A Fairy Tale for Lucky Children by Charles Nodier

    “All the same he did not shut the prongs of his hoe.”

    The story of the bean-row foundling boy-to-man called Luck of the Bean-Rows, with this book’s time-leapfrogging between and around, here propelling a machine of chick-peas that also runs on “steam”, so says his potential happy ending called Pea-Blossom, a sweetheart for him as wished for by the good otherwise childless parents who found this foundling. A beautiful cross between the fairy stories up which my lucky childhood during the 1940s and 50s was magically filled, involving a path of purpose beset with naiveties, dangers, and temptations provided by those he meets along that path, a diminuendo tontine against which his inborn luck fights. Yes, a cross between all that and what I may dare to call a premonition of the later fictionatronic or ironic Rhys-Hughesian travelogues across an ironically fast-navigable Earth, with herbs, plants and spices involved…

    “I will quickly ho him out and fling him bound hand and foot to your mercy. And yet,”

  6. TRANSFORMATION by Mary Wollstonecraft Shelley

    “The poor King, Charles the Sixth, now sane, now mad, now a monarch, now an abject slave, was the very mockery of humanity.”

    …as if a template of this story itself, where I was one moment wondering if the ‘me’ of the protagonist was in his (my) own body or another’s, the respective minds mixing and matching between! At once, a confession as tale of a handsome man who was weak-willed, who consequently lost his sweetheart, but is tempted by a living stunted flotsam with a treasure chest. A Devil’s pact or An Old Man And The Sea of sorts that leads perhaps to a didactic come-uppance, or does it? Mix and match. An erstwhile tale of ancient Genoa and Paris. But ‘We’ll Never Have Paris’ (a timely concurrent review of the mentally elusive dis-individuations here)…

    “Who could control me in Paris?”

  7. THE NEST OF NIGHTINGALES by Théophile Gautier
    Translated by George Burnham Ives

    “, and returned to their virginal, which they had abandoned for vocal music.”

    The perfect music story of yore, when motets, madrigals and villanelles were widespread abroad. A story that I now learn is what is it itself the medium that created souls from nightingales, like Shelley did just now with a quite different shape-differing alchemy – the medium for the start of the connected string of the future souls of the classical composers I love. Two girls, Fleurette and Isabeau, kept themselves whole, if increasingly thin or rouge patched, for such a sacred sacrifice… and we all can now wake like RVW to find them thus remembered, tactile like words. Whether virginal or incredibly still vocal?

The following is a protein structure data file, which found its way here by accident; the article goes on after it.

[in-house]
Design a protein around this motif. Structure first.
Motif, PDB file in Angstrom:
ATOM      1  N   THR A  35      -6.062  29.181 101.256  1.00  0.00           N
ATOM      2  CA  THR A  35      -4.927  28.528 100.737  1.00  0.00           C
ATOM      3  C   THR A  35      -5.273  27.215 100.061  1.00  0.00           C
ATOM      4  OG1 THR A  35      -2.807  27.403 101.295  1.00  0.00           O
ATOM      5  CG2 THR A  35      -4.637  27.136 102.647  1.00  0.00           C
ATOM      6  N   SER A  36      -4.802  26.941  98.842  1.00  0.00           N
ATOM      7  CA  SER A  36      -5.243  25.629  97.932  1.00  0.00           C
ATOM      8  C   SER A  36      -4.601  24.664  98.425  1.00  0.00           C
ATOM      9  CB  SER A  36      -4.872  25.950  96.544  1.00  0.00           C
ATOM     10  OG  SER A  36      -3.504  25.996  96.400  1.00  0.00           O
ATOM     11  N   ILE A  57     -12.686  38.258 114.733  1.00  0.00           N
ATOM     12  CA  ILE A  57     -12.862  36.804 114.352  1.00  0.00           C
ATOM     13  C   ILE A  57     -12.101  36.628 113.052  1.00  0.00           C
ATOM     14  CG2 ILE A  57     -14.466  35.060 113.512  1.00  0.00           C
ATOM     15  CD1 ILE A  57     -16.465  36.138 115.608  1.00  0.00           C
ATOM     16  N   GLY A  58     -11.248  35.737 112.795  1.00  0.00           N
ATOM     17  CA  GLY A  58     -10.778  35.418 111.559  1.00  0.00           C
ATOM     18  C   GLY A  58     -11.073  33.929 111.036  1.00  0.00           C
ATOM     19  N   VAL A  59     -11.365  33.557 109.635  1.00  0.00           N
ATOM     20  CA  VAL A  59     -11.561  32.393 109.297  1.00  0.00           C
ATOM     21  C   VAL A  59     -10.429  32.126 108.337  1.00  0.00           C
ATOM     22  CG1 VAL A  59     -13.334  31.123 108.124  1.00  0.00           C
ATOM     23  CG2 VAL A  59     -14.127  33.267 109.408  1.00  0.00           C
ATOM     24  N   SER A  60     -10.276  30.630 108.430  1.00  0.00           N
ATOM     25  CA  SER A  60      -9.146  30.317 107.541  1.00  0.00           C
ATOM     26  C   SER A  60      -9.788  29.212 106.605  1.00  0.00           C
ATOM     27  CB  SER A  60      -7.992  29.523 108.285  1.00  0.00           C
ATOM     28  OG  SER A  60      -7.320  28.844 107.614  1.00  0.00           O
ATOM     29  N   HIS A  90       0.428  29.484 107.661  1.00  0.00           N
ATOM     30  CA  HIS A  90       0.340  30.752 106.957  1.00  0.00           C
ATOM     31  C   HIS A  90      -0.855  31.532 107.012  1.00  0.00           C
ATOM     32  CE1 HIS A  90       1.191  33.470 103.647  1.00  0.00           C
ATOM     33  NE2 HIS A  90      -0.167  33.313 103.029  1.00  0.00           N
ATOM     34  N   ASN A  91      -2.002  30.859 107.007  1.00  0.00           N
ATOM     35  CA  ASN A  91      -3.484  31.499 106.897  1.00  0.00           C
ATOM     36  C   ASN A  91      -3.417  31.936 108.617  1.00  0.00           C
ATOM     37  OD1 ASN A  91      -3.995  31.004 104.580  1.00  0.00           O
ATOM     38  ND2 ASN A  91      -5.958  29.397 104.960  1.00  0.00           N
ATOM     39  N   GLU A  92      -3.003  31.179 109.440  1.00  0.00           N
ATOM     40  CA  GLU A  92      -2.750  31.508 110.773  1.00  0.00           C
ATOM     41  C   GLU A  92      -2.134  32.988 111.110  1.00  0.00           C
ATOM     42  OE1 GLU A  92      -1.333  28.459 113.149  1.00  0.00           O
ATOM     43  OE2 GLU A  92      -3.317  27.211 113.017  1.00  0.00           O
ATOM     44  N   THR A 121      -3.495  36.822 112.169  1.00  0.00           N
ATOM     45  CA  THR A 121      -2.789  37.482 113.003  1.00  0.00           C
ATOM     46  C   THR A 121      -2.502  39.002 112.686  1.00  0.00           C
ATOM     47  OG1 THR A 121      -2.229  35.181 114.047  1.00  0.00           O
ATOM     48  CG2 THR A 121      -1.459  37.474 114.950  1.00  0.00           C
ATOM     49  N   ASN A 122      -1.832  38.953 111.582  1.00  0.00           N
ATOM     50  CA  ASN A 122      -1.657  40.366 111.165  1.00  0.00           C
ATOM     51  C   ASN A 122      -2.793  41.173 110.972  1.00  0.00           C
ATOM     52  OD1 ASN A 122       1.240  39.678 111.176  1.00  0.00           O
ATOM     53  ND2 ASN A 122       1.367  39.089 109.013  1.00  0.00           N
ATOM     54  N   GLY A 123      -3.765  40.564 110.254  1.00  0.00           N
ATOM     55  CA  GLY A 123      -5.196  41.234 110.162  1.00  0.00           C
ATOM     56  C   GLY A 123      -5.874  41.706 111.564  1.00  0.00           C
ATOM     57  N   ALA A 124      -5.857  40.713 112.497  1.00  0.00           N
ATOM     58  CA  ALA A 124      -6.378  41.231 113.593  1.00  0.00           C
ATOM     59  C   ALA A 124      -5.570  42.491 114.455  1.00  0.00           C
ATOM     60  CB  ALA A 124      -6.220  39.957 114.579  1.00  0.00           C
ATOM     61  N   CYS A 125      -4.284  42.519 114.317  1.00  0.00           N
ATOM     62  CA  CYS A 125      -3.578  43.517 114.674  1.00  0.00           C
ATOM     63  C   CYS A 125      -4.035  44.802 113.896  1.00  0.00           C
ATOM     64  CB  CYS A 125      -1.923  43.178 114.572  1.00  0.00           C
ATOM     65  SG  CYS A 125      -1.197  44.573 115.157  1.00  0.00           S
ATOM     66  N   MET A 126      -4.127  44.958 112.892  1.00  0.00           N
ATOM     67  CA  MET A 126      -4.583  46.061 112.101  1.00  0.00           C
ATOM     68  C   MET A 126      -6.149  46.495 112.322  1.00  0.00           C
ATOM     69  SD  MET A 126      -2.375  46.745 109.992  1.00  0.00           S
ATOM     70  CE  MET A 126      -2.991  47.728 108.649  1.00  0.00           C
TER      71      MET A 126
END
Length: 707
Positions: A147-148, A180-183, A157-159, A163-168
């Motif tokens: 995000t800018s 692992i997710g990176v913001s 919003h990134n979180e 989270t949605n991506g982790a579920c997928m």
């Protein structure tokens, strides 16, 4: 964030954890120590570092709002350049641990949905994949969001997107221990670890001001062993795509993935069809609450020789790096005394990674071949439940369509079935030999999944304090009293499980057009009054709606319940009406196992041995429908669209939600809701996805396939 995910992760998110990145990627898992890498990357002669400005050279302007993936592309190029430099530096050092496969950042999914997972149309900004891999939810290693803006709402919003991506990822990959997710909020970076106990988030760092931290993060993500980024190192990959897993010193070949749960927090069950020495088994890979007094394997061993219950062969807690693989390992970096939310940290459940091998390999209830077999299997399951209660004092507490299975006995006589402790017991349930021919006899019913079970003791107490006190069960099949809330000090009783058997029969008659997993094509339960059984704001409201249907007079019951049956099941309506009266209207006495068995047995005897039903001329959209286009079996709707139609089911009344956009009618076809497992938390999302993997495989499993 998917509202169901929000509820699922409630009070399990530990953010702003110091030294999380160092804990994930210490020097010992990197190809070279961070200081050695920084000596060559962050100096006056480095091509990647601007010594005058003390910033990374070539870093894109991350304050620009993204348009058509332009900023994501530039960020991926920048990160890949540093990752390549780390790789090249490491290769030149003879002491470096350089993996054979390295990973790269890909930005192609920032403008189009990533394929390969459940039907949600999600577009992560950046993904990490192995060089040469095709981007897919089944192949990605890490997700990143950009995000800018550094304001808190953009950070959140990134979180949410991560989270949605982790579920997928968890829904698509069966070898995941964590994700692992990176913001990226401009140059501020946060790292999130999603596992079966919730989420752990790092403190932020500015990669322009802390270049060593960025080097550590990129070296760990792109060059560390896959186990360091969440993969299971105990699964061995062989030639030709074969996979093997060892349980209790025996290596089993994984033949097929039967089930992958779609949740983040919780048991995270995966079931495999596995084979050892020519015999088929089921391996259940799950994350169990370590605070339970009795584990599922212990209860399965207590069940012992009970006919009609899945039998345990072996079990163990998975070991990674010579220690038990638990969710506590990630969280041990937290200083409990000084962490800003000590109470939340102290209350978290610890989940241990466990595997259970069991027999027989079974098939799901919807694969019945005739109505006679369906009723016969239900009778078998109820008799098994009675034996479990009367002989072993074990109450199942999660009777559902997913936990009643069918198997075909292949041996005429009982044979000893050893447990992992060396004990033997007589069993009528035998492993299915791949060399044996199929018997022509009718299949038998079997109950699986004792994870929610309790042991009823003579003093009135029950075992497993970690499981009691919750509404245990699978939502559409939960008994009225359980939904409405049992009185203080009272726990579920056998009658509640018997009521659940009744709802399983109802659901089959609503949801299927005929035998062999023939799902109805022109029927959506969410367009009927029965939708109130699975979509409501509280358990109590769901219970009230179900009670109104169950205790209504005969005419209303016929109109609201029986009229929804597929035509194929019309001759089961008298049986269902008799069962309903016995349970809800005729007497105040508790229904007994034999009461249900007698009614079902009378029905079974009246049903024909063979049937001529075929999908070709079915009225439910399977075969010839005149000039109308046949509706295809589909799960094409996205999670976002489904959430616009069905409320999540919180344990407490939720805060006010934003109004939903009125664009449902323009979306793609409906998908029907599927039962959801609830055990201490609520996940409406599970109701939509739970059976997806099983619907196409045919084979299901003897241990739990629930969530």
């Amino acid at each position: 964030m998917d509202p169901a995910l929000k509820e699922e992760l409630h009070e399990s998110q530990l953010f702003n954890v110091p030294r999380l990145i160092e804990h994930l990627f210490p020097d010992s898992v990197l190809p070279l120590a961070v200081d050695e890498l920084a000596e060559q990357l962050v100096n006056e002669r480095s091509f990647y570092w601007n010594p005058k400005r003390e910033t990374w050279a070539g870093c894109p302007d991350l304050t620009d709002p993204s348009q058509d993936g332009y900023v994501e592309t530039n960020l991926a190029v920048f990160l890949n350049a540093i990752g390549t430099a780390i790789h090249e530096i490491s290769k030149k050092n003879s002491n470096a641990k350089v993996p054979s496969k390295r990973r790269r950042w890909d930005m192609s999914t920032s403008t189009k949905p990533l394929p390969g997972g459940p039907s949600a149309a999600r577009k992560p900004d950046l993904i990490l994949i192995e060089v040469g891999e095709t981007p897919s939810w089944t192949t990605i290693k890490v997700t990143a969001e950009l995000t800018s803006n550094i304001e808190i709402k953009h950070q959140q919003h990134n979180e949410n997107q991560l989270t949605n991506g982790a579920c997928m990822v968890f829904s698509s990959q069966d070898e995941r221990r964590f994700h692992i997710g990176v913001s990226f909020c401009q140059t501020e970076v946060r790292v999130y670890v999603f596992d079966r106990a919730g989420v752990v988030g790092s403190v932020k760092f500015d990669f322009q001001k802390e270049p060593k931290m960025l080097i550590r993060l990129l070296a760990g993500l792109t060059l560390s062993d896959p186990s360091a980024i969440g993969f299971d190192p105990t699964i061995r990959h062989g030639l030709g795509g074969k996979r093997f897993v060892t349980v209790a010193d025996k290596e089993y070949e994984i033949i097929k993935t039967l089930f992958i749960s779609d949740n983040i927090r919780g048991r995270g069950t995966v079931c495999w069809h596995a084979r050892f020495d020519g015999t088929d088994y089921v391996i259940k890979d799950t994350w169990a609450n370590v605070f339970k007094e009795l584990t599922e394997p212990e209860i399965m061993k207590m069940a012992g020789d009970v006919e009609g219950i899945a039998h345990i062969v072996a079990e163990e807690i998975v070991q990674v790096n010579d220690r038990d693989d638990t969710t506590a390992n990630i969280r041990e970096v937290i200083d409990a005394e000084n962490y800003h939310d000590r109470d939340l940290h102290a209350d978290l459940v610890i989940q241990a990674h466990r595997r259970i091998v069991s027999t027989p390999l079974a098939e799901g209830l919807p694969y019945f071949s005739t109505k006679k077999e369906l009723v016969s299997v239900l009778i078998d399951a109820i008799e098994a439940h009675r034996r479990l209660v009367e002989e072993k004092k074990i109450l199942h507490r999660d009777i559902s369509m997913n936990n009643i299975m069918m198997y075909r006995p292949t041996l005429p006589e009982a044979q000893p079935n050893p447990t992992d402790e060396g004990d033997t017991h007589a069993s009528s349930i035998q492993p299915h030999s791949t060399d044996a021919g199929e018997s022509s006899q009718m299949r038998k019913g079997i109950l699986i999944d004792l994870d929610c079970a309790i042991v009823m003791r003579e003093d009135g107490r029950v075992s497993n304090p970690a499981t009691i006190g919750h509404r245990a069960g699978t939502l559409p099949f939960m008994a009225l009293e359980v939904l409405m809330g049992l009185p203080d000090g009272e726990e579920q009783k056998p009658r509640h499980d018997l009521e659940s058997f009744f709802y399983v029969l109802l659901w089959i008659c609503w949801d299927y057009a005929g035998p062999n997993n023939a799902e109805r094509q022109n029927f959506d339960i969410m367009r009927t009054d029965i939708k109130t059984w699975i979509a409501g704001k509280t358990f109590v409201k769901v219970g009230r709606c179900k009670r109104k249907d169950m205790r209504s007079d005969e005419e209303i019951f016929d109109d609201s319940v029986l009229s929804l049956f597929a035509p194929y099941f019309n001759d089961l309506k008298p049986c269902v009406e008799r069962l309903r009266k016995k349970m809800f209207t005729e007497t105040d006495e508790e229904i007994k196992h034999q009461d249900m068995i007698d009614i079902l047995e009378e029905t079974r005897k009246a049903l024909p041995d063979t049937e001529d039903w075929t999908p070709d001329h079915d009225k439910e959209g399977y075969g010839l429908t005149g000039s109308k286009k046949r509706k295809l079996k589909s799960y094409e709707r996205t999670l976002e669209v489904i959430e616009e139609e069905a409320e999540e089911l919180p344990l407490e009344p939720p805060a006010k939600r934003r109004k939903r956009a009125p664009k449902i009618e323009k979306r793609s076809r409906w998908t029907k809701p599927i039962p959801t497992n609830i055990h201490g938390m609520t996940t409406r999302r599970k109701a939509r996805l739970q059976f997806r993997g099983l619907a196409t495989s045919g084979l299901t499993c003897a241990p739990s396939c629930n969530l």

Translated by Ekaterina Sedia

    “…various insignificant words, such as: not, or etc.,…”

    A tractable tract with edicts and an official, like Boris, who, I gather, is a bit fast and loose with his father’s notebook and the words of his own decrees. This dead body under his jurisdiction is claimed by the body’s owner who says he jumped out of it. Leapfrogged? Ending in an intractable dispute like Jarndyce & Jarndyce … or Brexit? The Jacquard duvet, notwithstanding. And any card index. The jumping out of the body syndrome, meanwhile, reminded me nicely of the Shelley one earlier. Mix and match between. This wonderful book in tow.
    (And Sedia, the translator, appeared in Nemonymous a number of years ago. And so did one of this book’s editors.)


    The goblins, quite aptly for this book, “poured into the churchyard, and began playing at leap-frog with the tombstones, never stopping for an instant to take breath, but ‘overing’ the highest among them, one after the other,…” Meanwhile, Gabriel Grub takes pleasure in digging graves, also acting a bit like Scrooge, I guess, and one night he hits a noisy boy with his lantern, and the avenging goblins duly arrive with “a brilliant illumination within the windows of the church.” These goblins, in many ways, are arguably very much like the ‘ghosts’, as skeletons, in a 1903 novel by Olive Harper (reviewed here), a work very recently brought to my attention, i.e. taking a living human into a different realm below the graves, and granting the medicine and mending of visions regarding human nature. And a due, arguably fair, comparison of the stereotypes of women and men. Gabriel comes back, like RVW, after a period of such mental and spiritual leap-frogging….

  10. THE NOSE by Nikolai Gogol
    Translated by Claud Field